Grace's Triumph


He stood outside the church, that man,
And paced, and paused, and paced again;
He’d not gone through that ancient door
In nine long years, or maybe ten.
The chapel now he longed to see,
And loathed, and longed still, all the same;
The age-old boards where incense sleeps,
The faces in the candles’ flame.
The silence of that silent room
Was one that probed his very soul;
He loved its peace, but hated more
To know it probed his heart’s dark hole.
And peace, and hate, and misery
Struggled now in anguished fight;
Until that fear which in all creeps
Fled from the whisper – “Do what’s right.”
With pounding heart and stricken soul,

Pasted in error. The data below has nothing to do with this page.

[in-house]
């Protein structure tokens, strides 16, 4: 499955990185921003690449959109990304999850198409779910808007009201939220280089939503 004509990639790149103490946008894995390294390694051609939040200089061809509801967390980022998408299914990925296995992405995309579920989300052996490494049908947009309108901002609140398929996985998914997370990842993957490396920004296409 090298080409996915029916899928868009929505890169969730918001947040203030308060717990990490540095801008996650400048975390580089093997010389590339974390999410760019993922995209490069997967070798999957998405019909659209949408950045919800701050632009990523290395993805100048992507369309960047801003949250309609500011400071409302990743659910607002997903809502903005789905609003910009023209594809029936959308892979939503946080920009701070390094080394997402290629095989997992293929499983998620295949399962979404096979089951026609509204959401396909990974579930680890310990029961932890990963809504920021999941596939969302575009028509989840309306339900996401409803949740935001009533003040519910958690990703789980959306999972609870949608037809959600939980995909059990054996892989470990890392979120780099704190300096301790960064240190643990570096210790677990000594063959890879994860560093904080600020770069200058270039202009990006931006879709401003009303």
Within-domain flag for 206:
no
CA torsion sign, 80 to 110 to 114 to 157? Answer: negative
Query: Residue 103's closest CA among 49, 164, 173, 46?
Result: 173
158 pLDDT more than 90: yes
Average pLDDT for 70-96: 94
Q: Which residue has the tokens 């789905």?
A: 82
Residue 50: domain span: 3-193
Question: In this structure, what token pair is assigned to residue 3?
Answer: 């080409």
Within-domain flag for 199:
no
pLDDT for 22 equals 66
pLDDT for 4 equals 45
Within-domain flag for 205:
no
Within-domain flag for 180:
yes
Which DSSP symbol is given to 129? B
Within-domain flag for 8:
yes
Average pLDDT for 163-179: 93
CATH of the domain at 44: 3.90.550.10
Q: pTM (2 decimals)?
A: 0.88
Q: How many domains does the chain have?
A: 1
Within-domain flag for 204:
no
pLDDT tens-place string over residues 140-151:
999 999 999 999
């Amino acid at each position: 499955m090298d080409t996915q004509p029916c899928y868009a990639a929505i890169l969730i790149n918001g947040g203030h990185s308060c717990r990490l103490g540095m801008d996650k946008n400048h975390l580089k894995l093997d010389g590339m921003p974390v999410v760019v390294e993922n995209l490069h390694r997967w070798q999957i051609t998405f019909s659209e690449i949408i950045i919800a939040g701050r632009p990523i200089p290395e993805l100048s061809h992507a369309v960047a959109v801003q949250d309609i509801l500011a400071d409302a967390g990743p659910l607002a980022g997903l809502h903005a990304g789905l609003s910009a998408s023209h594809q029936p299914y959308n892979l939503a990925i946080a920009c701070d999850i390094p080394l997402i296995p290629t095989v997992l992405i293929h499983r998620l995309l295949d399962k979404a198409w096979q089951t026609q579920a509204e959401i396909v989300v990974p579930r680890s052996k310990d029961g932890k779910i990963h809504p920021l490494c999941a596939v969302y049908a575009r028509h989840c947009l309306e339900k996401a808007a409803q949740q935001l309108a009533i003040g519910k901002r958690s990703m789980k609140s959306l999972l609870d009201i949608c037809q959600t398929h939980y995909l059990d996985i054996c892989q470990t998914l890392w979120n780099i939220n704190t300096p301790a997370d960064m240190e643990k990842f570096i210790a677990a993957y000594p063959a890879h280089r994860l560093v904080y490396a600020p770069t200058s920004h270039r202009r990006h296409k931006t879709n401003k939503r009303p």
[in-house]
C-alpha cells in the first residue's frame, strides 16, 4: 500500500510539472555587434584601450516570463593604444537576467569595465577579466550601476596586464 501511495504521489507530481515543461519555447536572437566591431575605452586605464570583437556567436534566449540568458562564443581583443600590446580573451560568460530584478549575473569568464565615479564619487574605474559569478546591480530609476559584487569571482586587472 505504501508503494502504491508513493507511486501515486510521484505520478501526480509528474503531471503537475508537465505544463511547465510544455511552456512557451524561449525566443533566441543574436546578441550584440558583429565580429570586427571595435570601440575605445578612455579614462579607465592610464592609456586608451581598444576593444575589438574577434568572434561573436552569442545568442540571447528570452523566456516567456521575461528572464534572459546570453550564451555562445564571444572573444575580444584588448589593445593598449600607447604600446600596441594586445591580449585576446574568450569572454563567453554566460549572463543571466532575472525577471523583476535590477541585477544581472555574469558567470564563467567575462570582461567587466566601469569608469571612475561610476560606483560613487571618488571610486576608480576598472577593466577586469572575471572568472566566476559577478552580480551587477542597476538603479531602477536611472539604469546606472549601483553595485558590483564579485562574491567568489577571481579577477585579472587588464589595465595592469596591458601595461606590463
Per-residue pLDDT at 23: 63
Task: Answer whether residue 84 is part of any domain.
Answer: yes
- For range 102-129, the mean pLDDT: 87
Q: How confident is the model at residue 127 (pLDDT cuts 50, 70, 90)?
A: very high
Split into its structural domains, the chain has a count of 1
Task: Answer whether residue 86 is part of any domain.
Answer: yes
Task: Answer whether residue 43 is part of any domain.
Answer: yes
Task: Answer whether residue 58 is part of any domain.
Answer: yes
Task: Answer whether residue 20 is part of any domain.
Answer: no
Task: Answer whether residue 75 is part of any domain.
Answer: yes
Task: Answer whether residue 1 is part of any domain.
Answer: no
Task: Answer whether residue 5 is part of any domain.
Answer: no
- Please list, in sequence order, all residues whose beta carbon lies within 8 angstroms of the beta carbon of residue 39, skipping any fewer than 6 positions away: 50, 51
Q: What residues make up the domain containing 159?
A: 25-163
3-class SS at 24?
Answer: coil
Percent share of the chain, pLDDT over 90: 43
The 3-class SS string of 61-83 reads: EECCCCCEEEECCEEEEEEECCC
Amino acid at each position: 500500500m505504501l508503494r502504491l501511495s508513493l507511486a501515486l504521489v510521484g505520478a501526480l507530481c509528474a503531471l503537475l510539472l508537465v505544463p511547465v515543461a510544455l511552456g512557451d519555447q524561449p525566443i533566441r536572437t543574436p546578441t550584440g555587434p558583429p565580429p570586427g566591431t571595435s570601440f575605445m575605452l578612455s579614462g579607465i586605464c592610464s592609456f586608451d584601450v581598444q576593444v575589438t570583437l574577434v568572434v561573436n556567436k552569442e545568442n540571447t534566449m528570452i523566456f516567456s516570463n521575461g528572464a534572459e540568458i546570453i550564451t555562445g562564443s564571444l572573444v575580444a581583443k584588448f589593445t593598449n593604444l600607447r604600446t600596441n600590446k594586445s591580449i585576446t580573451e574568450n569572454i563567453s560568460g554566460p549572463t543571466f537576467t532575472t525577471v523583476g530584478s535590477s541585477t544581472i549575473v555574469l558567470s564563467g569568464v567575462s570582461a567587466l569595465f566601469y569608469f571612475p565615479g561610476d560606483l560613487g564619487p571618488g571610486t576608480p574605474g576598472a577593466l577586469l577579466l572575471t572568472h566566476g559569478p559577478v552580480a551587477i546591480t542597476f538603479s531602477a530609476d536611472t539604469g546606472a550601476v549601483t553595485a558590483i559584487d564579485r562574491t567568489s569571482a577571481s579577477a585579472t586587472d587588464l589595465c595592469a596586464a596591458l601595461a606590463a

He stepped into the church so dim;
He entered through the creaking door;
He yielded to fair grace’s whim.
Before the sacred screen he knelt,
And in the darkness, whisper-fringed,
He spoke these words, that long-lost sheep:
“Bless me, Father; I have sinned.”
And from heaven’s floodgates, an ocean streamed
Of grace flowing from a wounded Heart;
The blood, the water, forgiveness bore,
To mend what had long been torn apart.
The flood it roared in healing strength,
The force of love swept sin away;
And the White Dove of peace, whom all sainthood keeps,
Fluttered into that long longed-for soul, to stay.

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